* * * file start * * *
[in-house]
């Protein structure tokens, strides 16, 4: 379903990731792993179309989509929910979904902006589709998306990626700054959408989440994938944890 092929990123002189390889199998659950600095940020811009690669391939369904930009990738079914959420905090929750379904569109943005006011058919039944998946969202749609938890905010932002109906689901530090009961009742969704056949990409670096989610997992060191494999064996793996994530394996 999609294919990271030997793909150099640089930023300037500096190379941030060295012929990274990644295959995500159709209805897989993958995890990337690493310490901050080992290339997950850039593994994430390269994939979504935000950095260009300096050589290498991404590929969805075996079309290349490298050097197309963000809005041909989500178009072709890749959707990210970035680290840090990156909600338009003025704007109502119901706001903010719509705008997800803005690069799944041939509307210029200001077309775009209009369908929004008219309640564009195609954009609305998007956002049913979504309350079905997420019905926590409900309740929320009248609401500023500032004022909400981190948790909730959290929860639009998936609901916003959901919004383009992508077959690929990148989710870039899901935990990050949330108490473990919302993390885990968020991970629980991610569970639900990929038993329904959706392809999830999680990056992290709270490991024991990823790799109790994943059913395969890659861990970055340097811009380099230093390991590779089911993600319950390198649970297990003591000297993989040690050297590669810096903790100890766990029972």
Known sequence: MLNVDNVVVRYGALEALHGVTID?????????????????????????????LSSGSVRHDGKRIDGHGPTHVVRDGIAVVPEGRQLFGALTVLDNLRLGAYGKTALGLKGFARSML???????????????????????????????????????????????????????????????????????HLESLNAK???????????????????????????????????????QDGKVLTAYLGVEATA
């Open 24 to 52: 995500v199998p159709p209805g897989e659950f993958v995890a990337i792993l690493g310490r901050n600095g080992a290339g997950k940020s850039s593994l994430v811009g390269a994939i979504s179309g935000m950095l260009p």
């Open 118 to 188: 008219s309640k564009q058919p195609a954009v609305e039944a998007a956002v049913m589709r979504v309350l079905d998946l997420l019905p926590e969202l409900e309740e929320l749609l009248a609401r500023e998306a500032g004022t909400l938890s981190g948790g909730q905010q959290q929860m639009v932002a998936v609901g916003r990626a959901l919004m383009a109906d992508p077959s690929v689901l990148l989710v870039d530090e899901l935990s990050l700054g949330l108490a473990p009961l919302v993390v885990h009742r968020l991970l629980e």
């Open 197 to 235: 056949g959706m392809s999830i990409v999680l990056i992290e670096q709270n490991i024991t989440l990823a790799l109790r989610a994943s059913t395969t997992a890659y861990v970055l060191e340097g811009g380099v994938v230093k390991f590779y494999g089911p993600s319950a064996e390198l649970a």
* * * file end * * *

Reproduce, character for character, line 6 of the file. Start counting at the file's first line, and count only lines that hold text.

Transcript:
């Open 197 to 235: 056949g959706m392809s999830i990409v999680l990056i992290e670096q709270n490991i024991t989440l990823a790799l109790r989610a994943s059913t395969t997992a890659y861990v970055l060191e340097g811009g380099v994938v230093k390991f590779y494999g089911p993600s319950a064996e390198l649970a």